The director-general of the BBC has been asked if the broadcaster was “too woke” as he faced MPs on the Digital, Culture, Media and Sport (DCMS) Committee.
Lord Tony Hall was challenged by committee chair Julian Knight over whether the BBC was “reflecting widely enough the cultural and thought diversity” in Britain.
It was after the Culture Secretary Oliver Dowden said the corporation must avoid a “narrow urban outlook” and “be closer to and understand the perspectives of the whole of the United Kingdom”.
Lord Hall defended the corporation’s “ambition” and said it was “aiming” to reflect the general population.
He told the committee: “You can never reflect totally every single strand of opinion in a country but we should be aiming to do exactly that.
“My belief is that the makeup of the BBC should reflect the different strands of opinion, demographics, makeup of the population of the UK, and that’s what I have been aiming for.”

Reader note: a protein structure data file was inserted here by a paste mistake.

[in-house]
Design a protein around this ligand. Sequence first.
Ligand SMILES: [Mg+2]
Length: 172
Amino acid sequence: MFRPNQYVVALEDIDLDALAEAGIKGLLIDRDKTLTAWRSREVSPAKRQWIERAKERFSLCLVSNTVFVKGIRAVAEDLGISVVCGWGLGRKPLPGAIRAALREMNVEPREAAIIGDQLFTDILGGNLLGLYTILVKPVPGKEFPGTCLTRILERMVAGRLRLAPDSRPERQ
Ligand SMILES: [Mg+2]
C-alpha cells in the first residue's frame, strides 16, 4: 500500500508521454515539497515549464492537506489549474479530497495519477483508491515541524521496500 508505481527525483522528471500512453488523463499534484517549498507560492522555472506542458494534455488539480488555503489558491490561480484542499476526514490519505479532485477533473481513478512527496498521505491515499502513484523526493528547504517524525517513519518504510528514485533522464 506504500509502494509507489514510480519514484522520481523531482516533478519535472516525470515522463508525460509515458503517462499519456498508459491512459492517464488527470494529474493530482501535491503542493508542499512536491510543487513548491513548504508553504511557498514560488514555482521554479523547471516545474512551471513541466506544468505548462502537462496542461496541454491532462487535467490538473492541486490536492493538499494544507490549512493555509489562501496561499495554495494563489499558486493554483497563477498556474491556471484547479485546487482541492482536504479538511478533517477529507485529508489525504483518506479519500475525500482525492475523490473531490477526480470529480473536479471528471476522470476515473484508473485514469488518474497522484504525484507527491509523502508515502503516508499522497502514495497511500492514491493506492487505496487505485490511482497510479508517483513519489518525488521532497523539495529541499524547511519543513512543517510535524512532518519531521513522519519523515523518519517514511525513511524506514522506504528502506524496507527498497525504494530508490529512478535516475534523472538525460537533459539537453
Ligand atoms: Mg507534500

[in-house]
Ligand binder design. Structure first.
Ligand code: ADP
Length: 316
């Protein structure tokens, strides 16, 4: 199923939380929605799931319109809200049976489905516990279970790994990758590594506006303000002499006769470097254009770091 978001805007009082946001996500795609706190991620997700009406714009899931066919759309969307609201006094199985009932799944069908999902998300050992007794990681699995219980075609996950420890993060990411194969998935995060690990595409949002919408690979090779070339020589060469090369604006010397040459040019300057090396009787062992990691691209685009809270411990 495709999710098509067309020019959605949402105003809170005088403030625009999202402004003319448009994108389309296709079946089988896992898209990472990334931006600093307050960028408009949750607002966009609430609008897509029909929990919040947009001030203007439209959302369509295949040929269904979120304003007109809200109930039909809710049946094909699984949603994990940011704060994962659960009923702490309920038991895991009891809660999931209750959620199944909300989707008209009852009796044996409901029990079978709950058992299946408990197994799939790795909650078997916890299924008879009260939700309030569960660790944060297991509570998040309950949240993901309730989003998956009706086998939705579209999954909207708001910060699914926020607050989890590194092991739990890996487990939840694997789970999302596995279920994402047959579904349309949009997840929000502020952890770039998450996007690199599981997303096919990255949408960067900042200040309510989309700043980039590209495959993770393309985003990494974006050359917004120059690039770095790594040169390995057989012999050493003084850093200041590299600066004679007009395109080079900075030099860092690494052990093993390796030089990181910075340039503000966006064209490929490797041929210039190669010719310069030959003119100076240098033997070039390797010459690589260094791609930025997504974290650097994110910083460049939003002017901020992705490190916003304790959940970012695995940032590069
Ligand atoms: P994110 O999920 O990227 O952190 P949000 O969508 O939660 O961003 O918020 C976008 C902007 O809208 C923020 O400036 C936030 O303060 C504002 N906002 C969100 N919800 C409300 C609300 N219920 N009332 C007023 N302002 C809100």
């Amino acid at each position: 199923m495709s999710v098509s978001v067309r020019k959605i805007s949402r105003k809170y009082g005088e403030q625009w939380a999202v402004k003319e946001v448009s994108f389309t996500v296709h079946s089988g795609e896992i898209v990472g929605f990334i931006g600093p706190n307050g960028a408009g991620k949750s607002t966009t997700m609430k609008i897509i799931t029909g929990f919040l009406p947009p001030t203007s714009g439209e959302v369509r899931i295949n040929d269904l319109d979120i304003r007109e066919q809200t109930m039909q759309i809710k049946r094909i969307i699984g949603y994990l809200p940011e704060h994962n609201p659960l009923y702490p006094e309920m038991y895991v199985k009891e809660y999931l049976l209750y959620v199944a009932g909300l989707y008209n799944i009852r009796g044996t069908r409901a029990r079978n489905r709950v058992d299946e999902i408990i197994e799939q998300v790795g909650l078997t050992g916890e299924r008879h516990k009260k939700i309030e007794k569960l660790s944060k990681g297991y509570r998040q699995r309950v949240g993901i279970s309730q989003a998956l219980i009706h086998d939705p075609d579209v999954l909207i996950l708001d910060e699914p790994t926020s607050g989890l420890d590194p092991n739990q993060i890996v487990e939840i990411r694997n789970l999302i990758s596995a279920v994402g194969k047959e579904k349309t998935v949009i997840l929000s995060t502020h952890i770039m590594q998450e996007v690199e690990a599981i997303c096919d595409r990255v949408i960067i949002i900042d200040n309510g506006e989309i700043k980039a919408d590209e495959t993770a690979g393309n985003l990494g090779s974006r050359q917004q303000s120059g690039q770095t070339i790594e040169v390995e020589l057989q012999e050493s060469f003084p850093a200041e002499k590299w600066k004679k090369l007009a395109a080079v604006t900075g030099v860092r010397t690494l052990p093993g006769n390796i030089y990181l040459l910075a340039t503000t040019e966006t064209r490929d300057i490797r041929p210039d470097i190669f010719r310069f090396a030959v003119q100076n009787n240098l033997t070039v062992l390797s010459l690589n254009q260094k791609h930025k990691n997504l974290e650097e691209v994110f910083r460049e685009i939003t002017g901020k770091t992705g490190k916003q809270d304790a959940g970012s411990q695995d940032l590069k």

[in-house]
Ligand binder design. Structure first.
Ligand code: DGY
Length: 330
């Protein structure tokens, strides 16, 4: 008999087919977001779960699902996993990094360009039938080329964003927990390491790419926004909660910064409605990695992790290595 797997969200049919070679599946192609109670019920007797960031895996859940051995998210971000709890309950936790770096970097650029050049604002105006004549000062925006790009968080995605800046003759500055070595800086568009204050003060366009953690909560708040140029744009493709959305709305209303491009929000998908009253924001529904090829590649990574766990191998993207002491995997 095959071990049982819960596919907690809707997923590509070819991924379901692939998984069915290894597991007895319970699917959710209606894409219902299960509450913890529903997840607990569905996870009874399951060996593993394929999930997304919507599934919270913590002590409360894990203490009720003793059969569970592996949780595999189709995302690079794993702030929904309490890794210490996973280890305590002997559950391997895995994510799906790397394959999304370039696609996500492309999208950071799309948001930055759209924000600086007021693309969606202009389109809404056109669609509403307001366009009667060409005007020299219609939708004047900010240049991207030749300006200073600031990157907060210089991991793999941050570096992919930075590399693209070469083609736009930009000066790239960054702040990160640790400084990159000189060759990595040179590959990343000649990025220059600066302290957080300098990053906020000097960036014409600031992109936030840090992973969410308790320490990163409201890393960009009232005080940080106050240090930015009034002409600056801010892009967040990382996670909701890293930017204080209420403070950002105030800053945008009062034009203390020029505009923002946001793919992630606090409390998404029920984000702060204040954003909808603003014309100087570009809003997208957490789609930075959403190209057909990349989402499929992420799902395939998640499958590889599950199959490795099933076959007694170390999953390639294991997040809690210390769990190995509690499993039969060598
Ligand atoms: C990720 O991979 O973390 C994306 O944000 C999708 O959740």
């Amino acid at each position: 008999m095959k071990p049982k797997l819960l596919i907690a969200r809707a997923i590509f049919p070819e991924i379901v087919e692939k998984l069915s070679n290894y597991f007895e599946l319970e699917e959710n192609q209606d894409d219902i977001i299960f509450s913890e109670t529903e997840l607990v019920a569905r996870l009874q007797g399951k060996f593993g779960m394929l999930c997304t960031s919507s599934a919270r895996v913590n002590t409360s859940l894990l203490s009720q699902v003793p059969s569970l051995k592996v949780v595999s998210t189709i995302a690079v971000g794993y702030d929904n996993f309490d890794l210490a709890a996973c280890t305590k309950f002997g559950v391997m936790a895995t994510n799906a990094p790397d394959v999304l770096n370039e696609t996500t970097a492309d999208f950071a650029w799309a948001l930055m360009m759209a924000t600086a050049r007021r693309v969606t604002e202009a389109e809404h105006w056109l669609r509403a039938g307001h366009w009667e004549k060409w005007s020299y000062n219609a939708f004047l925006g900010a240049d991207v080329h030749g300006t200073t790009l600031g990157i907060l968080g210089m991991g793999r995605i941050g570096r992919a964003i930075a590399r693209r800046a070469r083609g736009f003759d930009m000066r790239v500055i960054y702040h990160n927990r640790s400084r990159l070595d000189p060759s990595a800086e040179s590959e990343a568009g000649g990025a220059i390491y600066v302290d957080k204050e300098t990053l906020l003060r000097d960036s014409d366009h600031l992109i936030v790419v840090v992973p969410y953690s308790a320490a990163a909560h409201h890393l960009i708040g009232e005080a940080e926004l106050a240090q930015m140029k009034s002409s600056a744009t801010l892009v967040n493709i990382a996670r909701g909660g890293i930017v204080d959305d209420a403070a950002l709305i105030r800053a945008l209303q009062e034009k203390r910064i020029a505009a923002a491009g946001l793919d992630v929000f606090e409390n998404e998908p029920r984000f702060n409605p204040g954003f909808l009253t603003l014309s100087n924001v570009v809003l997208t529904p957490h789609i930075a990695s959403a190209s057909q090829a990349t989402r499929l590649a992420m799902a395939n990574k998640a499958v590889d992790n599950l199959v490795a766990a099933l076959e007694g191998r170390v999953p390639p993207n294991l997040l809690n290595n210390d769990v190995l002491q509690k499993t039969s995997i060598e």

Pressed on whether the broadcaster was “too woke”, he said the BBC should be “diverse in all that it means”.
“That means social diversity as well as diversity by where you come from, as well as diversity of BME et cetera and I don’t know whether that’s woke or not to be honest with you but that’s what I think a good organisation should be.”
And asked if he took personal responsibility for the “state of the BBC right now”, he said: “I take responsibility for the state of the BBC, of course I do ... I'm the director-general.”
Lord Hall is preparing to step down from the top job, after seven years in role.
It comes just as the BBC faces uncertainty, with the government has suggesting the possible end of the licence fee and proposing to replace it with a subscription service.
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